Italy’s vaccine czar has aimed to have at least 500,000 shots administered per day by the end of April, to reach the goal of inoculating 80% of the population by September. Italy was the one-time epicenter of the outbreak in Europe and still has the world’s sixth highest confirmed death toll at 120,544, second only to Britain in Europe.

The vaccination campaign got off to a slow start because of delivery delays, logistical hiccups and organizational decisions that didn’t fully prioritize Italy’s oldest and most vulnerable residents. Some 300 people are still dying each day.

But the campaign has accelerated in recent weeks and to date some 19.4 million doses have been administered, with 5.75 million people receiving both jabs, according to Health Ministry data.

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PARIS — France has announced its first confirmed cases of the virus variant that is sweeping over India, just as the French president outlined a national reopening plan after six months of virus restrictions.

The Health Ministry announced late Thursday night that three people tested positive for the new variant in the Bouches-du-Rhone and Lot et Garonne regions of southern France. All three had traveled to India, and are under medical observation.

Authorities are seeking to trace their contacts and investigating other suspected cases, the ministry said. It noted that the variant has been detected in at least six other European countries.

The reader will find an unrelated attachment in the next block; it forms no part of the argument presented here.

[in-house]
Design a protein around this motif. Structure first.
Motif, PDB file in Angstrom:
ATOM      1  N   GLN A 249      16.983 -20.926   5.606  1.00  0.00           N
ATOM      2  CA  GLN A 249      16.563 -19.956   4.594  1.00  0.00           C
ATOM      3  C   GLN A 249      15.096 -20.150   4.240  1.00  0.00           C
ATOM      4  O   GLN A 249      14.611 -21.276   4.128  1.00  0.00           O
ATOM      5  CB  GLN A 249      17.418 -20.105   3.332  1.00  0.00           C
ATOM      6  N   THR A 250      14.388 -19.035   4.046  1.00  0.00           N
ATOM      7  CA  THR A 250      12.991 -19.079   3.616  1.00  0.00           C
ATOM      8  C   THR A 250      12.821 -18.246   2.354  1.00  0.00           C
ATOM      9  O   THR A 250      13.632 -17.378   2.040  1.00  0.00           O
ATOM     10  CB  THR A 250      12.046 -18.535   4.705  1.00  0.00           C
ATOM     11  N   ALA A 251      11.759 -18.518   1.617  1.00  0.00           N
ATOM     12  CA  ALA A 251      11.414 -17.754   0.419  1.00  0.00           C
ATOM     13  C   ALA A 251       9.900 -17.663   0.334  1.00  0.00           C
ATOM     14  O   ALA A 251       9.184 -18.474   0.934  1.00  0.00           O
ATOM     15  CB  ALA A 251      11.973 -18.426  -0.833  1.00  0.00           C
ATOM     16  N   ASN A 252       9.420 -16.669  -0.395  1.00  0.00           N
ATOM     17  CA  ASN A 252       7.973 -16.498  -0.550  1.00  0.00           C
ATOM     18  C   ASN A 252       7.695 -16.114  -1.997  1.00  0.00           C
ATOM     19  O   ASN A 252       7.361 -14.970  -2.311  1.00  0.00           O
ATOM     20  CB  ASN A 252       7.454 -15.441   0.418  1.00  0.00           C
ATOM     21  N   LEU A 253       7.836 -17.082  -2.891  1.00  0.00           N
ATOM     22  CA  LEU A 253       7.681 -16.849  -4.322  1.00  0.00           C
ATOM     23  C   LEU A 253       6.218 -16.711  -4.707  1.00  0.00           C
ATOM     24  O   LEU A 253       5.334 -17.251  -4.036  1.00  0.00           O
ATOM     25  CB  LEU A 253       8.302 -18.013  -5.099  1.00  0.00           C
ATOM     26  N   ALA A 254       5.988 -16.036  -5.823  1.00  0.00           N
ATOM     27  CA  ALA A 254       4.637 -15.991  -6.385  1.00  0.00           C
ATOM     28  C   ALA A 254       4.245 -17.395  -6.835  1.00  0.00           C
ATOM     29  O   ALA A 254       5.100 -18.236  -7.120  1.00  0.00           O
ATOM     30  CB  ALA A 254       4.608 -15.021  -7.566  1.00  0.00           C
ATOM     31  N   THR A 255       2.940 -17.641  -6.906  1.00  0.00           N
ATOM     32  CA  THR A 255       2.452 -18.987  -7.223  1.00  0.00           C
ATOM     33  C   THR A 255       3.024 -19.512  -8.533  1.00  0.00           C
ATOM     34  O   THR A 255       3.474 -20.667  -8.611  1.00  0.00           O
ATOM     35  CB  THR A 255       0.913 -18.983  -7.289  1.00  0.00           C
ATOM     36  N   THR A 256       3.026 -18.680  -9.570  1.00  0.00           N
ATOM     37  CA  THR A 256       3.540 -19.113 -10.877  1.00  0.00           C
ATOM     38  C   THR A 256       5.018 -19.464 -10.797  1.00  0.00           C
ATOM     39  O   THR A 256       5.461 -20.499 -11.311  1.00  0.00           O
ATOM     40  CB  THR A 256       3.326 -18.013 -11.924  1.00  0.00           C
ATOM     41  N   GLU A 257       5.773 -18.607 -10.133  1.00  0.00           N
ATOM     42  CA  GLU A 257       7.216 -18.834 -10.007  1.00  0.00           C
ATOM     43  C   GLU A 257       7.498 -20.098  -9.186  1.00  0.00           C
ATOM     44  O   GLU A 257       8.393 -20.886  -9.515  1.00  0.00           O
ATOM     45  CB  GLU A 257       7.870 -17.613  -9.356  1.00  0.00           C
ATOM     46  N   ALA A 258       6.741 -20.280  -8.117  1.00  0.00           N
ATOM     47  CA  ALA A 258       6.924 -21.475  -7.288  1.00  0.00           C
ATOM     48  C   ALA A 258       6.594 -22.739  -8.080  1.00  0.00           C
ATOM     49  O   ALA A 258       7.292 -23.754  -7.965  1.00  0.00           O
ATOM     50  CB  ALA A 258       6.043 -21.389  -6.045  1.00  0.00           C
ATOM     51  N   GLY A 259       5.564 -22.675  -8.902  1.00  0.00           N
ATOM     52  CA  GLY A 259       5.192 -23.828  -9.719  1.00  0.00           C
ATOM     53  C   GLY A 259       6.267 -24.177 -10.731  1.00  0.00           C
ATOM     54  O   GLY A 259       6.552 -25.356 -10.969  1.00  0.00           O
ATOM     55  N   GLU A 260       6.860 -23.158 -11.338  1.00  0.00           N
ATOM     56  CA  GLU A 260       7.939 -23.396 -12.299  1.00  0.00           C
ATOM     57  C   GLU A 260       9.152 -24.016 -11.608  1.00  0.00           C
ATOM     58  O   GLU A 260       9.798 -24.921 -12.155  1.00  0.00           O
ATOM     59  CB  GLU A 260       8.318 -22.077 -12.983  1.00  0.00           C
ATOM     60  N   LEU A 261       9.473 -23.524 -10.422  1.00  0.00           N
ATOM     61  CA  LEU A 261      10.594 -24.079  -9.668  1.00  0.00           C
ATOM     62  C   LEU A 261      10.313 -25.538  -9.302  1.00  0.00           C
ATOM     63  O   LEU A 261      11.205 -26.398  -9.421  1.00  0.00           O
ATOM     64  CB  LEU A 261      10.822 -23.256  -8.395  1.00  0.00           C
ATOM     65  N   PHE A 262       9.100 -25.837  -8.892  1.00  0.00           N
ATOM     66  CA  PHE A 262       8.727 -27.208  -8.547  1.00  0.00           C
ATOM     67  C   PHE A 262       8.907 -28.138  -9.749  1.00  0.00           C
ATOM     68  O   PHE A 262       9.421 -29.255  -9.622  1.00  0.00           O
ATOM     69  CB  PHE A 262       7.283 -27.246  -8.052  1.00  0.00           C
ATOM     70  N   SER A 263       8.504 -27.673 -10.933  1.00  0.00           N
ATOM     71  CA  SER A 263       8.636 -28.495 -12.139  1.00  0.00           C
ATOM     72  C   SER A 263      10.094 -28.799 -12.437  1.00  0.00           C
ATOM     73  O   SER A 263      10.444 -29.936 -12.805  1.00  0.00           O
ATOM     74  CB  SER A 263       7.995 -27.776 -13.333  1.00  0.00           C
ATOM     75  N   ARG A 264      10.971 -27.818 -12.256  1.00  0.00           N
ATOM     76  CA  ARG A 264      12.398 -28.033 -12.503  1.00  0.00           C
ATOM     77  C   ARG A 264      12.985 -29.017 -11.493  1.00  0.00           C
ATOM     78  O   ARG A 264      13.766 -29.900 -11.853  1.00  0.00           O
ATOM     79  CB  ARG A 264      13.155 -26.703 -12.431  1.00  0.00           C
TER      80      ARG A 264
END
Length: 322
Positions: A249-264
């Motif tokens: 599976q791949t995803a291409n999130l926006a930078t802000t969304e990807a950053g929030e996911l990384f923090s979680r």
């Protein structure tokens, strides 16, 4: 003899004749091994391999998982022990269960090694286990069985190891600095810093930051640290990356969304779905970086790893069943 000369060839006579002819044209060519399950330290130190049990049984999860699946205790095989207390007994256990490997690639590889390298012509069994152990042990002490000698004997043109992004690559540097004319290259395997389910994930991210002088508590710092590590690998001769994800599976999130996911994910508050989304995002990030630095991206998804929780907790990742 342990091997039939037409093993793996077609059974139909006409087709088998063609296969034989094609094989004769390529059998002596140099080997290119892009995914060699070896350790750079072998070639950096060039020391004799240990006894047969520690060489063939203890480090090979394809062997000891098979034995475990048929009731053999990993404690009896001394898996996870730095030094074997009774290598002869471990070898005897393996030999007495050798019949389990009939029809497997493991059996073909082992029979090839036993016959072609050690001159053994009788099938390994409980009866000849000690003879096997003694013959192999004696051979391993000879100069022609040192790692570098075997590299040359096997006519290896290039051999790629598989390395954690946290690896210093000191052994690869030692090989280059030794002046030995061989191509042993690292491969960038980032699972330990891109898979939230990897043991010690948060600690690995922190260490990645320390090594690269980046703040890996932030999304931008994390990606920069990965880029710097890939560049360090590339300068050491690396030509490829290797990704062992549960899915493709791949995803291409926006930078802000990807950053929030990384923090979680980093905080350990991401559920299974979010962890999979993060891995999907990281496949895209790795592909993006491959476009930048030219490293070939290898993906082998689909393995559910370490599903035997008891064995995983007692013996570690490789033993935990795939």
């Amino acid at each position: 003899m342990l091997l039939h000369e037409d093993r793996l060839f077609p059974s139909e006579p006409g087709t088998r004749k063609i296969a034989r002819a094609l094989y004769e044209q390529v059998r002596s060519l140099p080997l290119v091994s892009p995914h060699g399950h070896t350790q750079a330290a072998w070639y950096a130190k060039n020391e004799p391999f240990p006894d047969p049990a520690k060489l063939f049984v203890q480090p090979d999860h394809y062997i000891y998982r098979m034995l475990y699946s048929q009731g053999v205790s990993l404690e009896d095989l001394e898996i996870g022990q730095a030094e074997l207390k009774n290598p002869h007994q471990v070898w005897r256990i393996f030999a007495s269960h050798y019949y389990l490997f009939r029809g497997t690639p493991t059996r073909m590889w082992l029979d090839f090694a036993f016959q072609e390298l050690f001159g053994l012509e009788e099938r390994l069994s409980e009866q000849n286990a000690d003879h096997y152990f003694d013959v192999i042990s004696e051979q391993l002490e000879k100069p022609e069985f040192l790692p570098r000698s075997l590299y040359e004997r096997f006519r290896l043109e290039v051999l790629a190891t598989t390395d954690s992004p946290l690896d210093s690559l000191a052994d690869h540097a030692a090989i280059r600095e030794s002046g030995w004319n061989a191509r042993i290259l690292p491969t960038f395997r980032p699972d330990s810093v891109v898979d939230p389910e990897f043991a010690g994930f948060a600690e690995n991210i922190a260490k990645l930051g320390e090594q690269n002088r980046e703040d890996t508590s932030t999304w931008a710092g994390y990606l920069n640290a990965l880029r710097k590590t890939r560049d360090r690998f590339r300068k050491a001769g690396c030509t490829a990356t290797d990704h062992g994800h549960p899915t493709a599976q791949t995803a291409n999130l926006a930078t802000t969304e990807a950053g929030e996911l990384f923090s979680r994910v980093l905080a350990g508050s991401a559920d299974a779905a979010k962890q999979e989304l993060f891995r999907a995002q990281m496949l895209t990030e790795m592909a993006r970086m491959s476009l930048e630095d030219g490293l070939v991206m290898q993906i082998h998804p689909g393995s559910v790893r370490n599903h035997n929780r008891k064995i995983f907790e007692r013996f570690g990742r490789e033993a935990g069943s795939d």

France last week stepped up virus controls for travelers arriving from India as well as some other countries where variants are spreading.

The announcement came as French President Emmanuel Macron laid out a four-stage reopening process aimed at boosting the economy, welcoming back tourists and lifting nearly all of France’s virus restrictions by June 30.

The vast majority of France’s virus cases now involve the more contagious, more dangerous variant first identified in Britain. France has reported one of the worlds highest virus death tolls, at more than 103,000 deaths.

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SAN JOSE, Costa Rica — A record surge in COVID-19 infections in Costa Rica forced the government to announce new restrictions Thursday that will dial back the country’s economic reopening.